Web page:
Much of what we know about the brain is only 4 to 5 years old.
Recent advancements in science and technology show us how the brain actually operates. Using functional magnetic reasonance imaging, we can see how the brain develops, what threatens it, and how simple every-day decisions effect complex processing.
But it doesn’t always work as it should.
Along with an increased understanding of how the brain operates, doctors have become more astute at diagnosing and treating diseases of the brain. Over the last decade, a disturbing rise in autism among children has sparked intense attention and focus from the medical community.
Using highly developed technical equipment, scientists can actually pinpoint specific sections of the brain that seemed to be unwired. Quite literally, for autism patients it’s as if the brain cannot communicate to certain sections of the brain.
One of the key areas of that disfunction is limited access and control to their mirror spindles.
Mirror spindles are high-speed, neuro-transmission pathways that allow large amounts of social information to access different sections of the brain at hyperspeed and create relationships. These mirror spindles process emotional information 4 to 5 times faster than other sections of the brain.
And the mirror spindle does a unique thing.
It allows you to understand the emotions of another person.
As the name would suggest, mirror spindles allow you to look at someone else and see your own emotions in them.
- The ability to understand that a frown means unhappiness.
- The ability to discern between wrinkled eyebrows as anger or as confusion.
Without functional mirror spindles an autistic person is unable to connect emotionally and socially with those around him.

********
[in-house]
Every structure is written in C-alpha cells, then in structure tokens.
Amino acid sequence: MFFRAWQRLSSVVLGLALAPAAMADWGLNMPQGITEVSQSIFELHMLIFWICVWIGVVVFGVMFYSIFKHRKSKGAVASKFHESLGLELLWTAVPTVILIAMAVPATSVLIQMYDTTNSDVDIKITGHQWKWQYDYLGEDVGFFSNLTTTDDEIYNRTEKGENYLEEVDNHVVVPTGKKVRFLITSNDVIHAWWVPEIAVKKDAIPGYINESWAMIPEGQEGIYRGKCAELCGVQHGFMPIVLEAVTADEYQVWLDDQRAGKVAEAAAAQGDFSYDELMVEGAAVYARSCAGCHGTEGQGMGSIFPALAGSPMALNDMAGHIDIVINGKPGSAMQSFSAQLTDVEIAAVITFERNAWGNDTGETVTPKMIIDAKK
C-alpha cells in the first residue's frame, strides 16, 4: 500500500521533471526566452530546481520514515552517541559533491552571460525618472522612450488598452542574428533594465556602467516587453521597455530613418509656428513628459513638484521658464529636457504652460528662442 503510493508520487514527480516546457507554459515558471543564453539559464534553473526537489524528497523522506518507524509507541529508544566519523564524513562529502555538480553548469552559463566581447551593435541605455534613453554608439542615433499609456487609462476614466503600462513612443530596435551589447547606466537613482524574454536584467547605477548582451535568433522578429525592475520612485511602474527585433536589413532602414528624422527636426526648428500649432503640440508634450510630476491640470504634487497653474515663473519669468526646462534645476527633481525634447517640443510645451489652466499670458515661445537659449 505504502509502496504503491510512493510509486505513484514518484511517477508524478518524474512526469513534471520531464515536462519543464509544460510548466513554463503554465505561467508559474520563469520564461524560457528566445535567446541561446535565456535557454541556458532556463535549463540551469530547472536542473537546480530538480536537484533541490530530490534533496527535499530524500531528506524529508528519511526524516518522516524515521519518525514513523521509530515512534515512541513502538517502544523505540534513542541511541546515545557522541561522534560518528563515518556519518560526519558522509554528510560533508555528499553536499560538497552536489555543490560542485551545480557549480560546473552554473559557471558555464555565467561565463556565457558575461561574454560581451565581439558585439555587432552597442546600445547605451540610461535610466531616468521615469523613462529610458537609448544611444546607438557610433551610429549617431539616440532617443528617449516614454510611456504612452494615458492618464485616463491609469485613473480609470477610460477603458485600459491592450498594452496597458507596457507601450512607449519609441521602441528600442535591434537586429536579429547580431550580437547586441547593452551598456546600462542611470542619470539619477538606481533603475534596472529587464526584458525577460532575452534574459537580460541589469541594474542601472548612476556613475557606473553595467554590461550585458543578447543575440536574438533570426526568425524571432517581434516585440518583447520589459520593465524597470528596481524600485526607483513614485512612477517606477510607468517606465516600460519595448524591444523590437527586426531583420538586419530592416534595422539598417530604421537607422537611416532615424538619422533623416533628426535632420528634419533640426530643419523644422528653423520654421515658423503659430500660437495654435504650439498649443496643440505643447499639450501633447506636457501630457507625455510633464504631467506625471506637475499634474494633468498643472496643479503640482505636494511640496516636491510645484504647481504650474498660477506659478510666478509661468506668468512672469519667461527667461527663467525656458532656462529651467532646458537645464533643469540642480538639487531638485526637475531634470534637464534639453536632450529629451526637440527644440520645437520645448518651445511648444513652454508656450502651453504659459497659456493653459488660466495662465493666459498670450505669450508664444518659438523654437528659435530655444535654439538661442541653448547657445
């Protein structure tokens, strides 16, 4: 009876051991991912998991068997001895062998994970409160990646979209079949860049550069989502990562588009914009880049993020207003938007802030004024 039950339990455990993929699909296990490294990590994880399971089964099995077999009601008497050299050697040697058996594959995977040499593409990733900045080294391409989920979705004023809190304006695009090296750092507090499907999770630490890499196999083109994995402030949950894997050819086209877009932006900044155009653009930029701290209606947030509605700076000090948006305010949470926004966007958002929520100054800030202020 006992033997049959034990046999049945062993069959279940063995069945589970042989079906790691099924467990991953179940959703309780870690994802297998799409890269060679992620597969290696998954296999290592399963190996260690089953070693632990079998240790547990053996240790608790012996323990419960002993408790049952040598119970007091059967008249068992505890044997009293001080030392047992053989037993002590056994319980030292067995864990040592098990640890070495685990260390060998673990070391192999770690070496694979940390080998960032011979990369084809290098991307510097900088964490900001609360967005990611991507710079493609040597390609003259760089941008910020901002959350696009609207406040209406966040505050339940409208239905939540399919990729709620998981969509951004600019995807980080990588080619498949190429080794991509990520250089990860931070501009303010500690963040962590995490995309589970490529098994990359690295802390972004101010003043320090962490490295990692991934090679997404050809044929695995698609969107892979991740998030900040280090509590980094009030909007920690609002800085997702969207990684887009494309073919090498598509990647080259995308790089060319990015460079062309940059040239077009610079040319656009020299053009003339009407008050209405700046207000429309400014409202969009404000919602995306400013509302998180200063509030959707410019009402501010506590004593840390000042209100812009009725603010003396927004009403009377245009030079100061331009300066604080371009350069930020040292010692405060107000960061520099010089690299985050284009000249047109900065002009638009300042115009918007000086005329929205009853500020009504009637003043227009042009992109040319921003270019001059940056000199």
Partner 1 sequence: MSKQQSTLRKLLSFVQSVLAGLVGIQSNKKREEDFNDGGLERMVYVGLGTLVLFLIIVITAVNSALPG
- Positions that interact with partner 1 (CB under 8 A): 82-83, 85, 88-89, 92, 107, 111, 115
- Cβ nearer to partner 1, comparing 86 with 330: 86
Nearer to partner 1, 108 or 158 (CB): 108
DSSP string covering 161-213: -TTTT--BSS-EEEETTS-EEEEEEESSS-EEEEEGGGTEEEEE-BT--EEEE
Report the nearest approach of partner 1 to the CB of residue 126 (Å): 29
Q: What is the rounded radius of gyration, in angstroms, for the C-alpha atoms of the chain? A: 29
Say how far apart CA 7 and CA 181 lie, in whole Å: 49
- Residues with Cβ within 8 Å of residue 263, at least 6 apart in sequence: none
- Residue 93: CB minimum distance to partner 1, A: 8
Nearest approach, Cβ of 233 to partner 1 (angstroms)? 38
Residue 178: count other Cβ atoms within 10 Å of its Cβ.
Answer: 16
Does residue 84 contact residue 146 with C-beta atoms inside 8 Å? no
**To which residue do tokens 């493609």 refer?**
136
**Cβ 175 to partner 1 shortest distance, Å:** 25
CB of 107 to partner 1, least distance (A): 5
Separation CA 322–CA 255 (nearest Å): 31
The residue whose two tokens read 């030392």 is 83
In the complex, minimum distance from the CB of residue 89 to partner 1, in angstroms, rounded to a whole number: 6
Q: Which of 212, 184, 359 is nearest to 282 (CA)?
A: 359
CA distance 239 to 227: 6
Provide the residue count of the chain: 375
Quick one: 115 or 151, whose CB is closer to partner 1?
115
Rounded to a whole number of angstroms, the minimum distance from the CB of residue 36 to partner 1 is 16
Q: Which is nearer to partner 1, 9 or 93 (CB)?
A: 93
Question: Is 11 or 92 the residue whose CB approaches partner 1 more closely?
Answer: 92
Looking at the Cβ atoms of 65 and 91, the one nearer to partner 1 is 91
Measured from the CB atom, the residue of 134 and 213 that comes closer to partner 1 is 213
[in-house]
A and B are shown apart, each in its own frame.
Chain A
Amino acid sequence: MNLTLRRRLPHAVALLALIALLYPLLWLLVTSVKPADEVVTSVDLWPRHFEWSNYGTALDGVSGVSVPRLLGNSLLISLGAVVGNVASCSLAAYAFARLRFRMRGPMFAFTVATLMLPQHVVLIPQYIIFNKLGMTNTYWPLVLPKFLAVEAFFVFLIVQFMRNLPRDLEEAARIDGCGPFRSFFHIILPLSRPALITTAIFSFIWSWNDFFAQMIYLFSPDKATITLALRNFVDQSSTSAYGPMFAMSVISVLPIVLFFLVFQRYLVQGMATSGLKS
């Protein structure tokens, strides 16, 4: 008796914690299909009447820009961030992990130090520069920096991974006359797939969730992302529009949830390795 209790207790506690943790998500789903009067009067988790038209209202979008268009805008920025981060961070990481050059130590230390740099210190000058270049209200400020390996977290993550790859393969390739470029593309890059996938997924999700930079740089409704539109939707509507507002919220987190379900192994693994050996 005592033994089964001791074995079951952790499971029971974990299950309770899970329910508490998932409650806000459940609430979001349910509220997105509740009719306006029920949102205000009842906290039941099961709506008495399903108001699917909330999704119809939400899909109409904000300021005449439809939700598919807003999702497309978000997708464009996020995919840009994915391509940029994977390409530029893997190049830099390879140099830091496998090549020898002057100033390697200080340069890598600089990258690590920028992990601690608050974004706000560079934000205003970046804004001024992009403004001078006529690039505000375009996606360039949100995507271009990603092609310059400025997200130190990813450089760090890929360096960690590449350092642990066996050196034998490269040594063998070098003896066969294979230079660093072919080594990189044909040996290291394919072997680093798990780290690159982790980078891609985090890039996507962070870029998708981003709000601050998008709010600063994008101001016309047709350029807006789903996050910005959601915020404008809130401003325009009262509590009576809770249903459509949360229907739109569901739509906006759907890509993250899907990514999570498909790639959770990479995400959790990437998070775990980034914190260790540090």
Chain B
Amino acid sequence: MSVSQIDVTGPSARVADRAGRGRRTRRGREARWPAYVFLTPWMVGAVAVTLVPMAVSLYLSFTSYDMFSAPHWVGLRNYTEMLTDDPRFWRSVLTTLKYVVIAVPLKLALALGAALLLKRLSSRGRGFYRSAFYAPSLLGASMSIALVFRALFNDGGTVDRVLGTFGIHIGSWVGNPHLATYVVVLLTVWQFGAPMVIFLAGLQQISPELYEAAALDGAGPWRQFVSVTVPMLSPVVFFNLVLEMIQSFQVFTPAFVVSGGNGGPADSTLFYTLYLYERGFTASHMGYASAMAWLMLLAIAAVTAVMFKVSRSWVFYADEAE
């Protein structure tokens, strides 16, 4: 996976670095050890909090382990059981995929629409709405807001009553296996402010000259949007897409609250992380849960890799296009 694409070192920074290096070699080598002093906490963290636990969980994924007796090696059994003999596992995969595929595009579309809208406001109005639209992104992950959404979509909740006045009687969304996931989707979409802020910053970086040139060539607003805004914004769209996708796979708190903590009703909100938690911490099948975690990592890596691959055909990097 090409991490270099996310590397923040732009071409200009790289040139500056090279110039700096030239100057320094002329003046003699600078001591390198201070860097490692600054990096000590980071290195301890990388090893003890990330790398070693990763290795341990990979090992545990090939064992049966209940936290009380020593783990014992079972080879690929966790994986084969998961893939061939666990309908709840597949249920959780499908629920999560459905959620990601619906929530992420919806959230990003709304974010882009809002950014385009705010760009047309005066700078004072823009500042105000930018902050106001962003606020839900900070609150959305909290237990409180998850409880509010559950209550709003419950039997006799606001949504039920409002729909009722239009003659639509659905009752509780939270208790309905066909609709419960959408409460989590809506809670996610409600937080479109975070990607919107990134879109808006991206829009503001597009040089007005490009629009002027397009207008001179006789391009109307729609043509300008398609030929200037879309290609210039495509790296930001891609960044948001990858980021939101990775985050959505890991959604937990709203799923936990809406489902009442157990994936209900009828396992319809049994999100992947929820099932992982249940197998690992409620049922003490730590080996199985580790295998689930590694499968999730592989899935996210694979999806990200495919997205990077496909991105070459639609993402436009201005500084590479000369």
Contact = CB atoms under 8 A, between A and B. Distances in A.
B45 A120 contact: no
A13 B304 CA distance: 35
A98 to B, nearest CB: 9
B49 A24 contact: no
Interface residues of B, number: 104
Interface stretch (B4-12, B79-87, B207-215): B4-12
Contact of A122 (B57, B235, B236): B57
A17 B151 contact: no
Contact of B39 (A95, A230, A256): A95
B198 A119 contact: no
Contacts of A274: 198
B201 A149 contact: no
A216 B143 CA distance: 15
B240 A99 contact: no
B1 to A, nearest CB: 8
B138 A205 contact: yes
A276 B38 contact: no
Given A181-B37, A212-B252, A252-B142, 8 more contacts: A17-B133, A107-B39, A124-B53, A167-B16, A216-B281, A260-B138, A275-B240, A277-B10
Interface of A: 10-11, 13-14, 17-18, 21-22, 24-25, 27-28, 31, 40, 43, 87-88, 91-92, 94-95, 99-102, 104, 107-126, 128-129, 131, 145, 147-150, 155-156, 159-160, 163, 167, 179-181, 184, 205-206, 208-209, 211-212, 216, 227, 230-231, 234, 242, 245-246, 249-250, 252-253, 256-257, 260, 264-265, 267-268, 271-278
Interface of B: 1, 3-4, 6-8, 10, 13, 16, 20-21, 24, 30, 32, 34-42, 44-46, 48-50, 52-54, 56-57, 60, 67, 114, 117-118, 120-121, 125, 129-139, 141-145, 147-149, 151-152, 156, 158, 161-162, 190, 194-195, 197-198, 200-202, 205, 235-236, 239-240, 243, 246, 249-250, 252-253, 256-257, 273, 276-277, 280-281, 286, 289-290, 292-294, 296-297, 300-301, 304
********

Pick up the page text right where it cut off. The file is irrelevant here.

And they aren’t dumb people. Don’t be fooled.
Computationally they might be able to work math problems faster or decode logic problems more efficiently. But what they can’t do is easily understand the pain and suffering of another person.
And socially, that deficiency creates a lack of confidence for them in their interpersonal interactions. It creates a certain uneasiness.
And not just uneasiness.
Quite literally, the brain isn’t able to do compute how to be socially relevant. How to show kindness.
As sad as this situation is when we see it in our children — in those we love around us — what makes this all the more disturbing is when our businesses run with the exact same temperament.
We’ve created generations of emotionally unintelligent, emotionally unwired executives.
While we are quick to point out quantitative stats, we almost certainly avoid or excuse away the qualitative stats behind those numbers. We can’t create emotional relevance.
And instead of fixing that problem by caring more, we just push harder — as if through raw computational effort we can achieve what a tender word or insightful encouragement would easily fix.
And it’s not just our companies that engender this poor behavior.
It’s our universities that enshrine this behavior.
Where kindness is a theoretic instead of a pragmatic leadership inevitable.
Numbers and facts are the guidelines instead of vision, inspiration, and resiliency.
It’s an unwired approach to business strategy.
We are creating an unwired generation of business executives — autistic in behavior and unbalanced in execution.
Is it any wonder why we struggle to find the dominance that we once had? Perhaps a focus on kindness and concern — perhaps a focus on leading and loving — is what we really need?
We can excuse away our dysfunction with the logic of academia and philosophical creativity, but we will not find help until we reach down and lead from a point of vulnerability.
Until we lead from a perspective of humility and kindness.
The selfishness we believe is fueling our drive to success is merely crippling us.
- Crippling our employees
- Crippling our executives
- Crippling all those around us.
Instead of unwiring our intellectual capacity with the abrasiveness of selfish behavior, perhaps we wire it all the more tightly together with the kindness of compassion and understanding.
Less information for the head.
More attitudes for the heart.